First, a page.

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- Interactivity: One of the primary goals of experiential design is to capture clients’ undivided attention. You can capitalize on this by developing signage accordingly. Integrating QR codes into printed materials, utilizing text-to-win contests, and incorporating social media cues perform dual functions. As you capture client information and facilitate purchase interactions, you also provide customers with an avenue for experiencing your message. This heightened interaction can allow you to gather data in real time, as well as offer on-site incentives and activities for diverse and seamless interactions. Most importantly, it’s possible to create an emotional connection when customers can see, taste, touch and/or feel a brand, and those emotional connections will translate into long-lasting business.

- Return on investment: Experience marketing budgets increased by over 5 percent in 2014. More precisely, 75 percent of companies with marketing budgets between $50 and $100 million said that they expected a return on their investment of more than five to one for experiential initiatives. Even companies with smaller budgets anticipate three-to-one returns. Additionally, when companies deploy experiential design initiatives, they drive purchases.

- Immersive content: EventTrack conducted a survey that showed that 74 percent of customers have a more positive opinion of a brand, company or service after an experiential encounter. One method for accomplishing this is through free samples or giveaways that are tied to experiential enterprises. This can be very important in a person’s motivation to participate. Brand ambassadors that embody the brand image and communicate the message effectively are also effective in extending the scope of your experiential marketing. By connecting with clients and encouraging further action, you extend the marketing long after the primary contact.

- Valuable engagement data: Experiential design that clients interact with can help determine what your audience responds to. Are small, intimate events more effective for your brand or do large spectacles attract more buzz? Should lead generation be tied to a contests and giveaways? Do attendees respond to promotional items to drive purchasing or does a digital coupon gain more traction? If an experiential campaign has been conducted successfully, you should garner sales and actionable leads. In addition, when it comes to new products, experiential marketing can be the perfect test before bringing your new product or service to the masses.

- Visionary solutions: Perhaps the most exciting thing about experiential signage and marketing is the availability of so many unique solutions. Each company’s campaigns will look diverse, as different types of consumers respond to different things. Most importantly, businesses must ascertain what their audiences respond to and create those opportunities. Digital signage, interactive touchscreens, user-created content, traditional signage applications—the only limit is imagination.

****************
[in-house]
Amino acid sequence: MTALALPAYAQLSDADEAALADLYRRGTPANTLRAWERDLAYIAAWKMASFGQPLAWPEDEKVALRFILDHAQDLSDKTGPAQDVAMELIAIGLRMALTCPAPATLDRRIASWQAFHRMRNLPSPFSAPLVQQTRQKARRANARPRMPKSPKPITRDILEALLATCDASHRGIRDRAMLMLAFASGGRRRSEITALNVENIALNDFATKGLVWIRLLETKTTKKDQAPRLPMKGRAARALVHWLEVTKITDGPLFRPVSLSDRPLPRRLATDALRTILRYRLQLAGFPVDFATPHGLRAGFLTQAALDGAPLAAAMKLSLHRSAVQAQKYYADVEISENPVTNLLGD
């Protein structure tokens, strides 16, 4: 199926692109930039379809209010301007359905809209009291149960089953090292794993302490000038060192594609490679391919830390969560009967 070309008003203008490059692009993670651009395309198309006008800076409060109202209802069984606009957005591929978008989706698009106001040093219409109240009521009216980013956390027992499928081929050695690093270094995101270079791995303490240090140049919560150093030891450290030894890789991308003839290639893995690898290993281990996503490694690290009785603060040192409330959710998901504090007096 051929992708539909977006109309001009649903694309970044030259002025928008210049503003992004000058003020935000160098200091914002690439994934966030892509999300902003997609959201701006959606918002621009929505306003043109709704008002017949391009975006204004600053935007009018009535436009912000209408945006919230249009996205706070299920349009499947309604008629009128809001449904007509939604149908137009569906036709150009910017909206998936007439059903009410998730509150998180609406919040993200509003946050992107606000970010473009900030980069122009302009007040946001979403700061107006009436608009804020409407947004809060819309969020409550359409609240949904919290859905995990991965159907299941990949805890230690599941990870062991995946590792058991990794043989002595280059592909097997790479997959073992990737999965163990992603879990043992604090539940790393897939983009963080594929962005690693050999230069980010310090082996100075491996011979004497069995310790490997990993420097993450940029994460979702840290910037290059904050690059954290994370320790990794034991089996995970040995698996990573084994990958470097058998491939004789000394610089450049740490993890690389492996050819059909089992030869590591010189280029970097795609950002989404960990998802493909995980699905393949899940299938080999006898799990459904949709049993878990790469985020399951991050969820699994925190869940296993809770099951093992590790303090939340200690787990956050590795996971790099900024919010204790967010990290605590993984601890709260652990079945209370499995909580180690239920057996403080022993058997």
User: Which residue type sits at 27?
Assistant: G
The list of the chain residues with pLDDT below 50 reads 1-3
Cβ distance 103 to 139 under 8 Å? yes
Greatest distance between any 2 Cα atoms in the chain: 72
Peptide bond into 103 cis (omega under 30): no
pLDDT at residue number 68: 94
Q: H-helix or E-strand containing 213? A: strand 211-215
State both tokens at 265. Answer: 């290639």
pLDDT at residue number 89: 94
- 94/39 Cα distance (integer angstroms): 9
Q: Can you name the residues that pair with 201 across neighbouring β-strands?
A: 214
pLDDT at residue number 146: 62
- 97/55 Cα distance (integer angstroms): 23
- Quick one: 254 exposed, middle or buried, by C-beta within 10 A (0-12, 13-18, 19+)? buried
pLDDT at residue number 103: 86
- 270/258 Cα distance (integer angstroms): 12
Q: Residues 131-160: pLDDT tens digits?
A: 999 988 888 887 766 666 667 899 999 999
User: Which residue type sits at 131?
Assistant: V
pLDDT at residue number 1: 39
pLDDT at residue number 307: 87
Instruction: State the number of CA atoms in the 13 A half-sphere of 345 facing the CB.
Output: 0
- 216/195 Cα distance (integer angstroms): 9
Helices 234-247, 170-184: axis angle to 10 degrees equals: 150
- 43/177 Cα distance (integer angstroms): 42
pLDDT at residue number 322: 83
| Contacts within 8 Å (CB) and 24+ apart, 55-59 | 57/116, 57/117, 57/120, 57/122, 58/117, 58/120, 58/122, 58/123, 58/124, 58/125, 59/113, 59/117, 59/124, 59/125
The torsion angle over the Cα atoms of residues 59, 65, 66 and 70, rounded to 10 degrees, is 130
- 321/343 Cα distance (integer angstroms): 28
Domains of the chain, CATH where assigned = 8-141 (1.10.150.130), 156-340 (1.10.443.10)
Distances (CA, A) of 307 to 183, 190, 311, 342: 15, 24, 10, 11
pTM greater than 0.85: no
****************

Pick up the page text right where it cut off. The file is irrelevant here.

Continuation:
Challenges in deploying and capitalizing upon experiential signage are, in the grand scheme, tied to the success of the entire campaign. As experiential marketing has many elements, many that are dependent upon the working of others, it can also be hard to gauge your signage’s effectiveness. With that in mind, there are some specific challenges that you will want to consider when developing a signage package to accompany your marketing plans.

-  Planning: Demographics should be the principal consideration when developing a signage plan. Even though the majority of experiential campaigns are directed at Millennials, the “young at heart” are the true target demographic for experience marketing. Experiential design can be equally effective, if not more so, with more conservative businesses, but the signage and method of deployment must be appropriate to the chosen demographic’s goals and desires.

-  Execution: At your business location or during an event is when you have clients’ complete attention, so it’s vital to execute things effectively. Have as many chances as possible for attendees to interact with your brand; these methods can be costly, so take advantage of available customer data while it’s accessible.

-  Scaling up: A significant challenge with experiential signage plans is extending beyond the initial experience into as many channels as possible. Without successive interactions after the initial one, you have lost the client. Your brand needs to remain in the front of their mind for as long as possible after the actual interaction.

-  Post contact: Just as a significant return on your investment is possible, it’s equally difficult to measure. This requires clearly defined metrics. Another important consideration, as many experiential marketing plans involve digital signage and interactive content, is the expense and the ongoing management of the material.

Planning for success

To get the most out of your experiential design campaign, consider the following suggestions. As mentioned, no two experiential campaigns are alike, so adapt these recommendations to fit your signage and campaign needs.

- Build a network: The most memorable experiences are shared. Focus on either drawing a crowd or creating an experience that is better when shared with others. Additionally, by connecting your clients and creating a culture, the likelihood that they will continue their connection and conversation about your brand increases.

- Integrate products: Whether it’s through the use of the product itself or an explicit tie-in with the brand, any experience targeting prospective customers needs to integrate sales tactics. It’s not enough to simply entertain your customers. They also need to be motivated in some way to investigate and purchase your products and services.